BOY AYears ago, when he was virtually still a child, Jack committed a terrible crime. He has spent almost all his life in different institutions. Now he is released from prison. He is twenty-four. Equipped with a new name and a job, he has to find his way – not only in the world of adults, but in a completely different life. His parole officer, Terry, is the only one who knows his real identity.
Living under a false name is, on the one hand, a blessing and, on the other, a curse. Although he is desperate to make his new life work and to make the most of the second chance he has been given, he suffers because he is not able to tell the people he has met and learned to love anything about his past. Instead, he must keep the monstrous deed to himself.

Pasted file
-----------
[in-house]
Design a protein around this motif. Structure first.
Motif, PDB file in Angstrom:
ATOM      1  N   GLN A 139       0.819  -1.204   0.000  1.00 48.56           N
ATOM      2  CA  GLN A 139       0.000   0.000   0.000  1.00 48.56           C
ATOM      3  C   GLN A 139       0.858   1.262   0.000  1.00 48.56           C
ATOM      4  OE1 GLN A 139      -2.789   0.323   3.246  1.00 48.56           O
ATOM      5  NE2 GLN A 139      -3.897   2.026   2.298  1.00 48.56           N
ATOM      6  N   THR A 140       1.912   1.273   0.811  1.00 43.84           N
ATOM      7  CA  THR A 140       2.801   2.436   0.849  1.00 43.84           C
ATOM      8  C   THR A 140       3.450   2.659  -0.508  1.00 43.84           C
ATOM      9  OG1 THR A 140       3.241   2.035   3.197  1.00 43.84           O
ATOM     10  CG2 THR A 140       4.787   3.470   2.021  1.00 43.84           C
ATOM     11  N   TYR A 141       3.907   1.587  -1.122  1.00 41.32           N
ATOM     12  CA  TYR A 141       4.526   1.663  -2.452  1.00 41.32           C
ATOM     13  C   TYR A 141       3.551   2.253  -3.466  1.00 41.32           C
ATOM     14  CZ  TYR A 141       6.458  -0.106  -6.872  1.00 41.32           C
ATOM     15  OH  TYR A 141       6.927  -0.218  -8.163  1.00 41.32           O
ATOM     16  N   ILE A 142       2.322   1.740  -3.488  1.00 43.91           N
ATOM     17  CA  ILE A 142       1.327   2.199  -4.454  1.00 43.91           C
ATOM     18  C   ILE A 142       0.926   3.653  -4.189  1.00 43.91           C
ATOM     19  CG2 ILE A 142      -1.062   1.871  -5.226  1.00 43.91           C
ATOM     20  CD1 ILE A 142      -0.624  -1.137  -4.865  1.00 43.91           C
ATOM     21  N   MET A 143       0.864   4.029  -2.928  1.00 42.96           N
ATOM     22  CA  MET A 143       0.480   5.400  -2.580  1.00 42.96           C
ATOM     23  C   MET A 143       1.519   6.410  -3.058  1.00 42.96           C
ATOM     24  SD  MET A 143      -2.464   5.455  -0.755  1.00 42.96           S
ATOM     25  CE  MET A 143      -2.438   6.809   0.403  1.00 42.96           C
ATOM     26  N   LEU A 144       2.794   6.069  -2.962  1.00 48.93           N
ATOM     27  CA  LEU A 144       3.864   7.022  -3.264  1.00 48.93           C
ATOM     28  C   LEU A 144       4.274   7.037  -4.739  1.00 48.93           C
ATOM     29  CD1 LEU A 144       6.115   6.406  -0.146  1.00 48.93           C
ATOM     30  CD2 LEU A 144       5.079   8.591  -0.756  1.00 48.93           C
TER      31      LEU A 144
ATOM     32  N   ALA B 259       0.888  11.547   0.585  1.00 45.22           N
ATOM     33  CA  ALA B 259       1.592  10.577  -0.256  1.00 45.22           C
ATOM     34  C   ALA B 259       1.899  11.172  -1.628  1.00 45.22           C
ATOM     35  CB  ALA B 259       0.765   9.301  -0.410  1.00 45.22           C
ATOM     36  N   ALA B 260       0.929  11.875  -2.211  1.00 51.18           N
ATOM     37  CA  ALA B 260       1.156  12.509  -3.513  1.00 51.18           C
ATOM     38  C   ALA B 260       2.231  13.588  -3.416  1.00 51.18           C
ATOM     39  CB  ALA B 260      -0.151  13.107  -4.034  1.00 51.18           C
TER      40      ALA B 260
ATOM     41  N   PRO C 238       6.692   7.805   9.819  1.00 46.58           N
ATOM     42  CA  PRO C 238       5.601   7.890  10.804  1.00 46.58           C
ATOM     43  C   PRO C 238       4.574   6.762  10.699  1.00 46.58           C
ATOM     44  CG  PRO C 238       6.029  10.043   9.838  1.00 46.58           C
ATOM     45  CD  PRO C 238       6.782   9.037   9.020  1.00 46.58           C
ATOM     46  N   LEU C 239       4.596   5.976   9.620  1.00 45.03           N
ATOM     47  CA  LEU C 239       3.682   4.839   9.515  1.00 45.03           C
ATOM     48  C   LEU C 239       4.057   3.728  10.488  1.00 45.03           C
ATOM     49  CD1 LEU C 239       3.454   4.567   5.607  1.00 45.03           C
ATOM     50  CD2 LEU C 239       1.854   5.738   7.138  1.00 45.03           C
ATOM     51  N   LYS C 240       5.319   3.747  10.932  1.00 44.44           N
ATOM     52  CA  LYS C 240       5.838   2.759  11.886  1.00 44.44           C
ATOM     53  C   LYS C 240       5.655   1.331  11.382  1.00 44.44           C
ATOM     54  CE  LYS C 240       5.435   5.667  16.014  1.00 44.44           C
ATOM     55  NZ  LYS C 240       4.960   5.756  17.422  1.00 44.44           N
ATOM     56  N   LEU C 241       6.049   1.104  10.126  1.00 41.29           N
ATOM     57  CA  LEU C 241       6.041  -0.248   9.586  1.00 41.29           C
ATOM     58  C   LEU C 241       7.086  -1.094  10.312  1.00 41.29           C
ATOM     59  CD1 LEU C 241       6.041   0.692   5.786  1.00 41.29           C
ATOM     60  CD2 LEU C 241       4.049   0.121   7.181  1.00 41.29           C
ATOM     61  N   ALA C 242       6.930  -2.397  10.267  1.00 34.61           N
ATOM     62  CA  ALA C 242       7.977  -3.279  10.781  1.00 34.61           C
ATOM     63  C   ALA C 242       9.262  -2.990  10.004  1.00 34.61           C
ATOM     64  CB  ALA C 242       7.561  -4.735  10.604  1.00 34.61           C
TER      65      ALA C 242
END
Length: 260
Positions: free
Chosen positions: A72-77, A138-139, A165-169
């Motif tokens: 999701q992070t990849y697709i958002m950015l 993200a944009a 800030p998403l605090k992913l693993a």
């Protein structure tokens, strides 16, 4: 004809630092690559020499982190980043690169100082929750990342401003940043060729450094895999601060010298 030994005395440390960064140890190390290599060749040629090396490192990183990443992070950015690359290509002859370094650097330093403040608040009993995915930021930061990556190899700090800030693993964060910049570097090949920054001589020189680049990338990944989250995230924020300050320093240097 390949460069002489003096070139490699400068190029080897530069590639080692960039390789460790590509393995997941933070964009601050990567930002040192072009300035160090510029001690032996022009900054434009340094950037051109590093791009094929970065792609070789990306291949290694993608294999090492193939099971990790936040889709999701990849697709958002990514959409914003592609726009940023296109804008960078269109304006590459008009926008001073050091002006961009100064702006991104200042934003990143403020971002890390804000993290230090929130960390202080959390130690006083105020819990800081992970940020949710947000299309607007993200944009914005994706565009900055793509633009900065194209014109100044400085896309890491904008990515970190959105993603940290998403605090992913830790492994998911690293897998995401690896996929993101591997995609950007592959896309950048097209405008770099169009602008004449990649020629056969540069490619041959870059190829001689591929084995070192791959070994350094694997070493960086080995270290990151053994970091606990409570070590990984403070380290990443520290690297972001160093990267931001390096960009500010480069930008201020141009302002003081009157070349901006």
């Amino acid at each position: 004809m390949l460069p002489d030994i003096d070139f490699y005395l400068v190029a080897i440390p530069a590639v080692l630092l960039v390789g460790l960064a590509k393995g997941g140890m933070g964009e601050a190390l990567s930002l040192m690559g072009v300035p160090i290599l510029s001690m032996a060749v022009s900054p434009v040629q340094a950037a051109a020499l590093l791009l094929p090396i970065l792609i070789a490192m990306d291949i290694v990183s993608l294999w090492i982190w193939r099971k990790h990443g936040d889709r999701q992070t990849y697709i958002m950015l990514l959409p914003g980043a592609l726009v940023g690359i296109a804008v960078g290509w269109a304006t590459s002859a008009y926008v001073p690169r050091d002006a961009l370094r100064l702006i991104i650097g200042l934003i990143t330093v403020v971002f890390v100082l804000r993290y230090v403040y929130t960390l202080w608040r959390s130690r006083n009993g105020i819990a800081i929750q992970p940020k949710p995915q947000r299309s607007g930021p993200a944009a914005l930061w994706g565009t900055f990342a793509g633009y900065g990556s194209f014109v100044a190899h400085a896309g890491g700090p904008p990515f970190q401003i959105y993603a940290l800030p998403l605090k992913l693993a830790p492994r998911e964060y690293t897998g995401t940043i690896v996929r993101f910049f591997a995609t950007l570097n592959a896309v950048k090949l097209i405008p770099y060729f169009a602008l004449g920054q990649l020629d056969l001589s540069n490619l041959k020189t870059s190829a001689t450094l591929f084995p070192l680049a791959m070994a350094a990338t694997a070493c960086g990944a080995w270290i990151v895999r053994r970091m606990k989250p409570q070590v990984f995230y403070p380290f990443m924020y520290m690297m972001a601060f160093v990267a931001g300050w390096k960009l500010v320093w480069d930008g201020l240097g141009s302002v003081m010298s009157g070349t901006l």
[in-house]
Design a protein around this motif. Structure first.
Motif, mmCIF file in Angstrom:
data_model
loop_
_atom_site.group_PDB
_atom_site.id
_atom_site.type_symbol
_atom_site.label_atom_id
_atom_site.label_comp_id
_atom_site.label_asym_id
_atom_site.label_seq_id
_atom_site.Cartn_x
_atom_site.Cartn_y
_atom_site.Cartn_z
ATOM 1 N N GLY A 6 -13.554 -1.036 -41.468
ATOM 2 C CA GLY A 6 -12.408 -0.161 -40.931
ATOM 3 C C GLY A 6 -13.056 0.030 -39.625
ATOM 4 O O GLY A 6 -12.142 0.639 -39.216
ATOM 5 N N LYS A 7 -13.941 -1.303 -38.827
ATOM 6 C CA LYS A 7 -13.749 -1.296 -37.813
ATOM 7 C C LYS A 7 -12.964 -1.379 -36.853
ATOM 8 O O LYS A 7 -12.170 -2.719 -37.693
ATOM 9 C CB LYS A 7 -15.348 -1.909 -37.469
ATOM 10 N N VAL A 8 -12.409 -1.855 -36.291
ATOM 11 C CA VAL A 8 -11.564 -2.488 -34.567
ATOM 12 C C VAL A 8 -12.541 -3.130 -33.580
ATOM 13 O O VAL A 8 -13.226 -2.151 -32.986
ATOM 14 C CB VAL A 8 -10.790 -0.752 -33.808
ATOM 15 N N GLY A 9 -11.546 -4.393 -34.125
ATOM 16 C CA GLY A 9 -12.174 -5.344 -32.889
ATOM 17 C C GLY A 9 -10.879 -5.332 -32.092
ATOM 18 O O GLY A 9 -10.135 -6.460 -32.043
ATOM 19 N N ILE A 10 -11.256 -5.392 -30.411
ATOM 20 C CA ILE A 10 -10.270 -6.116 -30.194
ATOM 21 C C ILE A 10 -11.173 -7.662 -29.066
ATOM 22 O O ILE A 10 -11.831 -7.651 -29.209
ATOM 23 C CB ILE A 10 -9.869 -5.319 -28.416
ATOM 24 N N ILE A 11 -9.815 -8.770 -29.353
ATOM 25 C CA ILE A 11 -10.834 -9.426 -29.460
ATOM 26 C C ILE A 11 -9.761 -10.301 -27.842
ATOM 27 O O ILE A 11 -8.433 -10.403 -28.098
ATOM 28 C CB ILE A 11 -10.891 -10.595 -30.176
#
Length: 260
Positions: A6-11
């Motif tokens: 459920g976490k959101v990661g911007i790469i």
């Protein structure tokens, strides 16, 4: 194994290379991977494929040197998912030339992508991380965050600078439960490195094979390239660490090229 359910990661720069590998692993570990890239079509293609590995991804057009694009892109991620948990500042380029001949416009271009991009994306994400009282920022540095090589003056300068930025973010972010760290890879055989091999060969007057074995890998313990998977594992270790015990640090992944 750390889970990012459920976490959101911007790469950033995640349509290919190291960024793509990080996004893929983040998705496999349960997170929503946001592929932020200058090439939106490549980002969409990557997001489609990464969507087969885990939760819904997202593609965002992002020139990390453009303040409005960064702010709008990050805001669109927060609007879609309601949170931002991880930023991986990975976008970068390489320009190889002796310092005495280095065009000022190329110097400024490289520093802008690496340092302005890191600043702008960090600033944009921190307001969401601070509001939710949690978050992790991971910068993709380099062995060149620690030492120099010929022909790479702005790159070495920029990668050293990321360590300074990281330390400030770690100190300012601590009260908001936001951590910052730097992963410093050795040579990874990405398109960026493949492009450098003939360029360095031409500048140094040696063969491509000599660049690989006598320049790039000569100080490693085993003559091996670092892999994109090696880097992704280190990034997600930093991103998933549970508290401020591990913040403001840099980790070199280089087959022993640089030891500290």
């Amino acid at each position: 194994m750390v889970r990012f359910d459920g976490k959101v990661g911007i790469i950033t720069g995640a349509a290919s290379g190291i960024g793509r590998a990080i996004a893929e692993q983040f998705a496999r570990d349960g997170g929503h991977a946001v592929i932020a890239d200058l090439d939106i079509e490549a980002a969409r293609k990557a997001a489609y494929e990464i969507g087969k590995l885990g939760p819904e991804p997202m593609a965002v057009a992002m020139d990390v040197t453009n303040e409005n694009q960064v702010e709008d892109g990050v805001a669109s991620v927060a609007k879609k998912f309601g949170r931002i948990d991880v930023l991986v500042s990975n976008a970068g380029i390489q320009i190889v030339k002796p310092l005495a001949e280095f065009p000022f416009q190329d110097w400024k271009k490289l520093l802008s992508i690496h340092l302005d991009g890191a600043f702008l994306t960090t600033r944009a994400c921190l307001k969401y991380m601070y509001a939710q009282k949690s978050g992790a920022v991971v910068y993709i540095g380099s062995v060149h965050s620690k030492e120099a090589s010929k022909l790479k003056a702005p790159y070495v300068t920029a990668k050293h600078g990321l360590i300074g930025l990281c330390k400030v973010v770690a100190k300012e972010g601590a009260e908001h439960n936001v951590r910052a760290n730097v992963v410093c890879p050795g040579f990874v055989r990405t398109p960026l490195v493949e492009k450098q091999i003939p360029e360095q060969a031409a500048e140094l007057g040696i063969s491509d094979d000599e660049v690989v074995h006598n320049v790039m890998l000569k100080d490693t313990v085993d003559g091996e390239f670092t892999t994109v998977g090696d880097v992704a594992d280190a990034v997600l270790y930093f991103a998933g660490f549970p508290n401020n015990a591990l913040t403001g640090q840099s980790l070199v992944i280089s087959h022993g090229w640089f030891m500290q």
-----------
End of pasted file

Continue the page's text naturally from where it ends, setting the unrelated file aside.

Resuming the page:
Screenwriter Mark O’Rowe: “When I read the book for the first time I found it terrifying for the first two chapters. You know that this guy Jack has done something appalling, but you don’t quite know what. So there is tension there. So what we did with the film was try to make the audience fall for the character of Jack before we reveal the truth of what he did or what he was convicted of doing. First you meet Jack and he’s just a sweet natured young guy.”